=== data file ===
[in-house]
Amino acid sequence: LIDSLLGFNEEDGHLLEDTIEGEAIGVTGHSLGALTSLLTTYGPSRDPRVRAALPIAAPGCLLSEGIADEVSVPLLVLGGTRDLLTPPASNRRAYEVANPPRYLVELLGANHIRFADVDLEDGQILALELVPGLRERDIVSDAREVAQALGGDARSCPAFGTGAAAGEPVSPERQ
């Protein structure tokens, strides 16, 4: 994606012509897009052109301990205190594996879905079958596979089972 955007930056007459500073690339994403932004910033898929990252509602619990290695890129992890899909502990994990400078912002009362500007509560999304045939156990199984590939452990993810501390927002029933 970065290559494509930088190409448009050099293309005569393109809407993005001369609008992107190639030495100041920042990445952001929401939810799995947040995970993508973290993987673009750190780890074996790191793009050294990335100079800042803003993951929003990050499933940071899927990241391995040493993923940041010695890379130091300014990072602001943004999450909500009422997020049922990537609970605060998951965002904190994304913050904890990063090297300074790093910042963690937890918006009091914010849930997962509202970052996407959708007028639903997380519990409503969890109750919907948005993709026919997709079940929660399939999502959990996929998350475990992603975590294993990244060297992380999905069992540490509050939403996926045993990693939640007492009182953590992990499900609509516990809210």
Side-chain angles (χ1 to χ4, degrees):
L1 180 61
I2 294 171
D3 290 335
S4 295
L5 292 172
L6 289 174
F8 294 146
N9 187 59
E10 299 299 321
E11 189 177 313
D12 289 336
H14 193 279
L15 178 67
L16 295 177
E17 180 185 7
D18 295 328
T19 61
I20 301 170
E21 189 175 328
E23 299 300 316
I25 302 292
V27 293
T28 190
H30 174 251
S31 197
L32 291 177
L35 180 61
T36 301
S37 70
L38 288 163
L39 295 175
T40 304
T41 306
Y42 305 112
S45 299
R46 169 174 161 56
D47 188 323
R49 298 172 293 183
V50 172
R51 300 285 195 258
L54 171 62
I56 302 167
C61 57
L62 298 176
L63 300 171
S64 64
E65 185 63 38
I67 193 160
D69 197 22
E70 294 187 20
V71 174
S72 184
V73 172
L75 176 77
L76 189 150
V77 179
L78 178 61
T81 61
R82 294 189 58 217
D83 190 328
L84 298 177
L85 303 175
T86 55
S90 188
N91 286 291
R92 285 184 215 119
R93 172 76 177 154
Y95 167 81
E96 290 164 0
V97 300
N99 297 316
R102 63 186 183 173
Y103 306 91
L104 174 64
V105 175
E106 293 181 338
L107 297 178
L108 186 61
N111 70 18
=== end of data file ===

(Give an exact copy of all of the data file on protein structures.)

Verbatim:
[in-house]
Amino acid sequence: LIDSLLGFNEEDGHLLEDTIEGEAIGVTGHSLGALTSLLTTYGPSRDPRVRAALPIAAPGCLLSEGIADEVSVPLLVLGGTRDLLTPPASNRRAYEVANPPRYLVELLGANHIRFADVDLEDGQILALELVPGLRERDIVSDAREVAQALGGDARSCPAFGTGAAAGEPVSPERQ
């Protein structure tokens, strides 16, 4: 994606012509897009052109301990205190594996879905079958596979089972 955007930056007459500073690339994403932004910033898929990252509602619990290695890129992890899909502990994990400078912002009362500007509560999304045939156990199984590939452990993810501390927002029933 970065290559494509930088190409448009050099293309005569393109809407993005001369609008992107190639030495100041920042990445952001929401939810799995947040995970993508973290993987673009750190780890074996790191793009050294990335100079800042803003993951929003990050499933940071899927990241391995040493993923940041010695890379130091300014990072602001943004999450909500009422997020049922990537609970605060998951965002904190994304913050904890990063090297300074790093910042963690937890918006009091914010849930997962509202970052996407959708007028639903997380519990409503969890109750919907948005993709026919997709079940929660399939999502959990996929998350475990992603975590294993990244060297992380999905069992540490509050939403996926045993990693939640007492009182953590992990499900609509516990809210």
Side-chain angles (χ1 to χ4, degrees):
L1 180 61
I2 294 171
D3 290 335
S4 295
L5 292 172
L6 289 174
F8 294 146
N9 187 59
E10 299 299 321
E11 189 177 313
D12 289 336
H14 193 279
L15 178 67
L16 295 177
E17 180 185 7
D18 295 328
T19 61
I20 301 170
E21 189 175 328
E23 299 300 316
I25 302 292
V27 293
T28 190
H30 174 251
S31 197
L32 291 177
L35 180 61
T36 301
S37 70
L38 288 163
L39 295 175
T40 304
T41 306
Y42 305 112
S45 299
R46 169 174 161 56
D47 188 323
R49 298 172 293 183
V50 172
R51 300 285 195 258
L54 171 62
I56 302 167
C61 57
L62 298 176
L63 300 171
S64 64
E65 185 63 38
I67 193 160
D69 197 22
E70 294 187 20
V71 174
S72 184
V73 172
L75 176 77
L76 189 150
V77 179
L78 178 61
T81 61
R82 294 189 58 217
D83 190 328
L84 298 177
L85 303 175
T86 55
S90 188
N91 286 291
R92 285 184 215 119
R93 172 76 177 154
Y95 167 81
E96 290 164 0
V97 300
N99 297 316
R102 63 186 183 173
Y103 306 91
L104 174 64
V105 175
E106 293 181 338
L107 297 178
L108 186 61
N111 70 18